a-dancing and a-singing

Paul Hopper hopper at cmu.edu
Sat Jun 6 13:10:43 UTC 2009


The OED has been available free through your own Hunt Library at CMU for
years. I use it frequently.


On Sat, June 6, 2009 7:49 am, Brian MacWhinney wrote:
> Dear Funknetters,
> Thanks to all of you (Andrew Pawley, Aya Katz, Chris Cléirigh, Larry
> Gorbet, Martin Haspelmath, Dan Slobin, Östen Dahl, Tom Givon, Muriel
> Norde, Eve Sweetser, and Suzanne Kemmer) for clarifying this
> construction.  De Groot shows clearly that the source of this particular
> form is “on/an” rather than “at”.   Reading this and related comments in
> FunkNet letters reminded me of my son’s favorite
> phrases when I nag him about something.  It is “Dad, I’m on it.”  I don’t
> know if this is a Pittsburgh (Appalachian) remnant of the king being out
> “on hunting” or not, and I am not sure I would use the term
> absentive for this, but I can definitely can see the conceptual link
> between this use of the locative “on” and the progressive. It appears that
> this link has worked for others across the last millennium or so and
> continues to work even more productively in Dutch and German.
> In terms of how to treat this in tagger/parser technology, I think it
> better to treat this as a preposition, rather than a prefix.  Treating it
> like a prefix would require transcribers to actually join it to the verb.
> If, on the other hand, the tagger finds a rather unique subtype
> of preposition before a present participle, it will surely know not to
> treat it as an article.  At least, the tagger will know this if we can put
> a few such examples into its training set.
> Tom politely pointed out to me that I could have just checked the
> OED.  However, the library here in Kolding is very small, so I didn’t
> even try that.  But, then it occurred to me that maybe the OED has gone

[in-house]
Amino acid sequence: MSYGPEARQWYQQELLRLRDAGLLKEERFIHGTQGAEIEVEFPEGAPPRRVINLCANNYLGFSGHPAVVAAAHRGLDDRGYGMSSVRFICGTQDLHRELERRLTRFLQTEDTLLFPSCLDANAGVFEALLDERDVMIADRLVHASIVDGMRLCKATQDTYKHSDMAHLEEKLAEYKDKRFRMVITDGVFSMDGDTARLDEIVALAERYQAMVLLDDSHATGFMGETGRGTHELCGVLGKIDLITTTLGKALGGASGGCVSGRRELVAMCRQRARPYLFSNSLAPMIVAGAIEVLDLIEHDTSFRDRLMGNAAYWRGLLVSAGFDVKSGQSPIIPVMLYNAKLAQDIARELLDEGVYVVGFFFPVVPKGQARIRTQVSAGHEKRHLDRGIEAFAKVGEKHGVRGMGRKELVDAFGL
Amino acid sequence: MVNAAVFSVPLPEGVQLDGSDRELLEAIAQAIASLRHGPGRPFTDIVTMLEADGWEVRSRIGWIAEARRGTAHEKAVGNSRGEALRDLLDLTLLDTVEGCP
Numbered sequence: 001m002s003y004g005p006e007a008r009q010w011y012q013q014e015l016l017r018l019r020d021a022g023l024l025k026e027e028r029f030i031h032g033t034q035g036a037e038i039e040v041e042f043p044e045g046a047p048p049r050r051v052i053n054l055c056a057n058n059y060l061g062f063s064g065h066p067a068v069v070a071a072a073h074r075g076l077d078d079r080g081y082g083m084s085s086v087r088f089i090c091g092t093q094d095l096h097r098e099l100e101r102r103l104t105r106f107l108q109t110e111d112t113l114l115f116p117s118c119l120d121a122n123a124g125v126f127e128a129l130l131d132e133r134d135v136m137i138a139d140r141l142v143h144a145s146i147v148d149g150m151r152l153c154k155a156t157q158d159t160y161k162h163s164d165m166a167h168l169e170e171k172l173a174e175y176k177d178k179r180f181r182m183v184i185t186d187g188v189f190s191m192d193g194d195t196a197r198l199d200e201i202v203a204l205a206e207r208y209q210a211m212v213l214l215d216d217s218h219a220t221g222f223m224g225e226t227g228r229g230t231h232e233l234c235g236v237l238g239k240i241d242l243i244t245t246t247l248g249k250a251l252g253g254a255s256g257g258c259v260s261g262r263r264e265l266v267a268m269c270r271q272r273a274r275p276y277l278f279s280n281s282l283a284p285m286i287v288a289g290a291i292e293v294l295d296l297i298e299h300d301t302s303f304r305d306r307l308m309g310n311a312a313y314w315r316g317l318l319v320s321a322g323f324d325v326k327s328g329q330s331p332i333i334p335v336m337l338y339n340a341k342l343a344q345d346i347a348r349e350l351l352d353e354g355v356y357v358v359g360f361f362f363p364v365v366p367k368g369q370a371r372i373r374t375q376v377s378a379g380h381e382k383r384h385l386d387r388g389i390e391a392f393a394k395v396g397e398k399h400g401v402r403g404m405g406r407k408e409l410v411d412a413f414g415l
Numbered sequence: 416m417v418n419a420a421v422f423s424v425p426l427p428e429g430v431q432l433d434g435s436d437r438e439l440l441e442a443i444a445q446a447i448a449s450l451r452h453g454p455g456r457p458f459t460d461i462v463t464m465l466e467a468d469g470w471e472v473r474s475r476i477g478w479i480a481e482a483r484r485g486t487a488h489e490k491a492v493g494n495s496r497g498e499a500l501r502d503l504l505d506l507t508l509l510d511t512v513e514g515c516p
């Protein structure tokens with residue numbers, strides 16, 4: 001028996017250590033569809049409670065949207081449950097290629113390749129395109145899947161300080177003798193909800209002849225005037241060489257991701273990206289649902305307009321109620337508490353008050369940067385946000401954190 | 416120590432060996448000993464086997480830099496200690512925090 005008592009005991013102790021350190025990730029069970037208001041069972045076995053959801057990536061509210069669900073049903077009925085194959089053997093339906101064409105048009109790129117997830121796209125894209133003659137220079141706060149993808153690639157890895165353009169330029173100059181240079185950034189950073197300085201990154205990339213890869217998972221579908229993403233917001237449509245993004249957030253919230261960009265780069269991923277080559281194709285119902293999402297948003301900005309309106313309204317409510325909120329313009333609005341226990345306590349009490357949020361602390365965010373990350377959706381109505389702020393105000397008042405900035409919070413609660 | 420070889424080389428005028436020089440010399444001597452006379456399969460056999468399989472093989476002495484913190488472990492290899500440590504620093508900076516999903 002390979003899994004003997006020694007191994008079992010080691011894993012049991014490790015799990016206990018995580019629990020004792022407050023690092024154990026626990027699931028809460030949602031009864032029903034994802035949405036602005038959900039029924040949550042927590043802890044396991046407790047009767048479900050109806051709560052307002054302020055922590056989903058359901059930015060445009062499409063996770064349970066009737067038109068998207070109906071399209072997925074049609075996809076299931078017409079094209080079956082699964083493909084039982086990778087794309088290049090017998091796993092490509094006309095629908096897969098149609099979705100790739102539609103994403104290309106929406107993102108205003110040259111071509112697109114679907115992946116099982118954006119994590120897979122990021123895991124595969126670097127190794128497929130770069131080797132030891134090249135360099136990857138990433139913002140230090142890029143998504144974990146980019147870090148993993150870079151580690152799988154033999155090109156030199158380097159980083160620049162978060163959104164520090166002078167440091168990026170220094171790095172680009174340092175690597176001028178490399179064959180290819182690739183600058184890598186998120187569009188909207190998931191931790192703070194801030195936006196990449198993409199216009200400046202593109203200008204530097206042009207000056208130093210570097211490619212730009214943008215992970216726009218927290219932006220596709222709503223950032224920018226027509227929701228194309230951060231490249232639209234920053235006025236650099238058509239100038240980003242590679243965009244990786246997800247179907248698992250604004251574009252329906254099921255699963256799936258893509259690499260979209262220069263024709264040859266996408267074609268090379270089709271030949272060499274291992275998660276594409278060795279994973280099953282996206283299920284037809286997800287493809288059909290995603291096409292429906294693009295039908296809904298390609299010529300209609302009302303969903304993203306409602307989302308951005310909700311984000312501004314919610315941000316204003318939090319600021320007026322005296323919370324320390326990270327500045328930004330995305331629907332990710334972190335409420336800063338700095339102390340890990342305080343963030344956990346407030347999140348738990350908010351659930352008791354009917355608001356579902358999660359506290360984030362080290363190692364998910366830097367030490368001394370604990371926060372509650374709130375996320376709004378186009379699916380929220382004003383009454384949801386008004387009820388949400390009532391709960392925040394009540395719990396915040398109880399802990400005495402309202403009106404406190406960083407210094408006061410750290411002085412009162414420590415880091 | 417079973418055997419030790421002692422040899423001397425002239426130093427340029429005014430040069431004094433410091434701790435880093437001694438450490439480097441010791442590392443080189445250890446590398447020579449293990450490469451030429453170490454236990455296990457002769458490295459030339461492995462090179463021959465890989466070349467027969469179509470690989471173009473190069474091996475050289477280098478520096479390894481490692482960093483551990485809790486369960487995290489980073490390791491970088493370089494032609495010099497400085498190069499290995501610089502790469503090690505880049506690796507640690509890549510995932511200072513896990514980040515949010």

> online.  So, I checked and indeed it is now online at dictionary.oed.com.
> My goodness, what a remarkably rich resource!
> There are, in fact six listings for “a-“ as prefix and two for “a” as
> preposition.  The one we have been discussing is a- prefix 2.  There are
> others coming from “of” and “at”, as well as lots of other related forms,
> all sharing the common reduction to “a”.  The online OED is particularly
> nice because you can follow all the hot links directly. So, I was
> a-thinking to myself, how could Oxford University Press make this freely
> available in this way?  Then, I read the little message down at the bottom
> of the screen that said “Subscriber: University of Southern Denmark” and I
> have to now take back what I said about the SDU Library.  They, Oxford,
> and my FunkNet colleagues have certainly been a great help to me in seeing
> the scope of this remarkable form and its relatives.
> -- Brian MacWhinney

Prof. Dr. Paul J. Hopper
Senior Fellow
Freiburg Institute for Advanced Studies
Albert-Ludwigs-Universität Freiburg
Albertstr. 19
D-79104 Freiburg
Paul Mellon Distinguished Professor of Humanities
Department of English
Carnegie Mellon University
Pittsburgh, PA 15213

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